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Veteran Continues to Serve as a School Volunteer

                A veteran of the U.S. Marine Corps Reserve is inspiring a team of Adams Elementary School Gators to be “gung-ho” about running.

                As a participant in Cleburne ISD Volunteers In Public Schools, Frank Soto works with third-fifth graders in the afterschool running club as a campus volunteer and involved Adams parent.  On Wednesdays, he is out on the track with the team—currently at 50 and growing.

                “We are new to Texas, and our kids are new to Adams,” Soto said. “When my wife said she wanted to be involved at their school and was going to the volunteer orientation meeting, I decided to go, too.”

                “When I saw the running club on the list of volunteer opportunities at Adams—I was in,” Soto said.  “Running is the number one thing they do in the Marine Corps. Although I’m not a hard-core runner, I felt there were things I could teach the kids.”

                Gators Running Club Faculty Sponsor Debbie Meek is pleased to have an extra set of hands—and feet—at the weekly practices. The running club was among the activities placed on hiatus during COVID, and Meek is excited to have it back in place this year.

                “The student response has been great,” Meek said. “We just renewed our participation with the New York Roadrunners Club Mighty Milers program, and our afterschool runners are starting to log their miles. I’m hoping we can compete at a 5K at some point.”

                “Having Mr. Soto on board as has been a real bonus,” she said. “I think he’s a good match for this. We’ve never had a volunteer with the running club before. He’s patient with kids--they just swarm around him and he goes with it. It’s also exciting to have a male role model on board in the form of a dad, volunteer and veteran.”

                Soto is excited to have an opportunity to serve in a new way, and views volunteering at Adams as one way to give back.

                “My years in the Marine Corps were pretty amazing,” he said. “I am proud of my time in the Reserve. It made me the person I am today. I’m always seeking ways to give back, and this is one. I’ve been called ‘coach’ by the kids—that feels pretty good.”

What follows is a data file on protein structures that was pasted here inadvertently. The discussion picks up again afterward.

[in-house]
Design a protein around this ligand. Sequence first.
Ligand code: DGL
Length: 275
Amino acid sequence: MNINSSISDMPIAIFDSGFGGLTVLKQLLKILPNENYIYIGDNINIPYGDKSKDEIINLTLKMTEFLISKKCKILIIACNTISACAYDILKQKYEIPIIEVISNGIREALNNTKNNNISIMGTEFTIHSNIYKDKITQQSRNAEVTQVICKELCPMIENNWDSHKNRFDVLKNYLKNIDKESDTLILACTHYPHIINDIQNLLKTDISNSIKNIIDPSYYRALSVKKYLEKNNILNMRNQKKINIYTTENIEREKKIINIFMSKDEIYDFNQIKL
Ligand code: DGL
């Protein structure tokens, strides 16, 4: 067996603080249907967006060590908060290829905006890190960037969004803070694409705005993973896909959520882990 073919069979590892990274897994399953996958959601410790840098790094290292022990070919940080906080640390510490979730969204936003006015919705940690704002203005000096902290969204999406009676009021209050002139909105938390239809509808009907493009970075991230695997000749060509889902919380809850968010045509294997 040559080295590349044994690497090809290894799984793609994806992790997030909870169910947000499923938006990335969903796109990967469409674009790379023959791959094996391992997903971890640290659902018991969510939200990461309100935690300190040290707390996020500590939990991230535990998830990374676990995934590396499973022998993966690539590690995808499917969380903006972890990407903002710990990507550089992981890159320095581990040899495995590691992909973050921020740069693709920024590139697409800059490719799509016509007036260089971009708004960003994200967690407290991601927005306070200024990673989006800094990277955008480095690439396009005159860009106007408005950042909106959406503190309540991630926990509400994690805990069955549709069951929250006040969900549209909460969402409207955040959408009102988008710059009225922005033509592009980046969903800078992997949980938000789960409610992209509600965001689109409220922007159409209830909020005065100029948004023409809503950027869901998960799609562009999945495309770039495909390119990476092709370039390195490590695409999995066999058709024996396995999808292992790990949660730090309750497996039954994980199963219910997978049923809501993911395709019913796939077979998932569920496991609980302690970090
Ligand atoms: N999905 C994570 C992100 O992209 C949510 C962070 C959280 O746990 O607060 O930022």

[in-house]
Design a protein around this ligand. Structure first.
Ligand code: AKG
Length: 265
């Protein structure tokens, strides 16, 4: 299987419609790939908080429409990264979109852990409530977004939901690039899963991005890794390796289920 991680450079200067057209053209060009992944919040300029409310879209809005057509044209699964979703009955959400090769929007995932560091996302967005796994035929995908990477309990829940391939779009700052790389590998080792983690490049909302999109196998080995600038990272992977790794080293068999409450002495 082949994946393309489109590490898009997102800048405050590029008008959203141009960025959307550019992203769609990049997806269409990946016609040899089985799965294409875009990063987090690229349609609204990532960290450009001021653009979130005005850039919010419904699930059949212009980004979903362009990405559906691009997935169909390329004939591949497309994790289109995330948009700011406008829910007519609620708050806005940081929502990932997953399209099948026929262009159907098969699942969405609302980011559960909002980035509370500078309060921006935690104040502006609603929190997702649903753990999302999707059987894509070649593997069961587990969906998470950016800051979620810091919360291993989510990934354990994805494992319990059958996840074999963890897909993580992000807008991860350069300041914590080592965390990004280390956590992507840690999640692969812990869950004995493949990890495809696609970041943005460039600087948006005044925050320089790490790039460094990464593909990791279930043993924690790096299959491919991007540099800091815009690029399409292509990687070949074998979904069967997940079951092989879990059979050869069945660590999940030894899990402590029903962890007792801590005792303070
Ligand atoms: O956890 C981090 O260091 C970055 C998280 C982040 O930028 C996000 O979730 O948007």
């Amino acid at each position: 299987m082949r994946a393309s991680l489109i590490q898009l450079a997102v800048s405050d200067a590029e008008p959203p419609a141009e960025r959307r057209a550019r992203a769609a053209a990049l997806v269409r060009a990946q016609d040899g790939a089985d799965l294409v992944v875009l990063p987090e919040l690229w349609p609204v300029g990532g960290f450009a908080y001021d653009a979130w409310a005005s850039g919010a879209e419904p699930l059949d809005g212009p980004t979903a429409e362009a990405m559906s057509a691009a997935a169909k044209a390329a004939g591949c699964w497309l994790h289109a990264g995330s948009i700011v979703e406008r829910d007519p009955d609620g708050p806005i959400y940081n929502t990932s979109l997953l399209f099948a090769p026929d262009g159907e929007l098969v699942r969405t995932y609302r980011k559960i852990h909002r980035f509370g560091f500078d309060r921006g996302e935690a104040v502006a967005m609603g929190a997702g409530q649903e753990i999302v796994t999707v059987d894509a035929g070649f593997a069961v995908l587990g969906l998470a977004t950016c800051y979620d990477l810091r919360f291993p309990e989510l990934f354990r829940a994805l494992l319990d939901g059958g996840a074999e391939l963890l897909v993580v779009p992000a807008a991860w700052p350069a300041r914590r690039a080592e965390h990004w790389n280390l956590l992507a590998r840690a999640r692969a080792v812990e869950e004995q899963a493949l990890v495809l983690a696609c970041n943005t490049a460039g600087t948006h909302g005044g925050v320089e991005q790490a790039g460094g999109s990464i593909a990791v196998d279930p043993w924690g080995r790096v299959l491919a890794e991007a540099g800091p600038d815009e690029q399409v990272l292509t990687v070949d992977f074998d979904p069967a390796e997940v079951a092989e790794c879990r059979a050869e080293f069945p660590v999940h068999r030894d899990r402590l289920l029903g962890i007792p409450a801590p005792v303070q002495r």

“Right now, I’m getting them started, as we try to introduce them to running—for a distance,” he said.  “We’re teaching them about breathing, and building on their progress as runners. We are also setting goals and doing a 5K is a great place to start. There are lots of things we can help with.”

                Soto ran cross country in college.  At the age of 24, he joined the Marine Reserve Corps, having been inspired in high school.

                “I guess running helped prepare me for the training that was ahead,” he said. “When I was in high school, I would see the Marine recruiters on campus. I always thought they looked so sharp in their uniforms. I think I challenged myself then to learn what it would be like to be a part of that.”

                “My time in the Marines gave me the best of both worlds,” Soto said. “Once my training was over, I was able to continue with my education while serving one weekend a month and two weeks out of the year for six years.  I attended UCLA, as a major in psychology with a minor in Chicano studies. I got out in 2004, which was followed by two years of inactive duty. My unit never got called up for deployment to the Middle East, which would have been our likely destination--but I would have gone if I had been called.”

                Soto has completed a marathon, and been a member of a running group, but he believes in practicing what he preaches, and has signed up for The Hybrid Runner Turkey Trot 5K taking place November 19 at Hulen Park.

                “I’m wanting to see those kids who are maybe not doing much with physical activities to get involved in the running club,” he said. “I’ve also been thinking I’ve got to get in better shape myself. Even though they are still too young for the school club, I want to see my son and daughter get involved in running. You can start at a very young age.”

                “It’s in those early ages, when you get involved in activities—sports, playing an instrument—confidence begins to build,” Soto said. “But kids are sometimes afraid to jump into something because they don’t know how it will go. I’m excited to be a part of a program where we can encourage kids to make that jump and begin to build confidence. This is a great place for that.”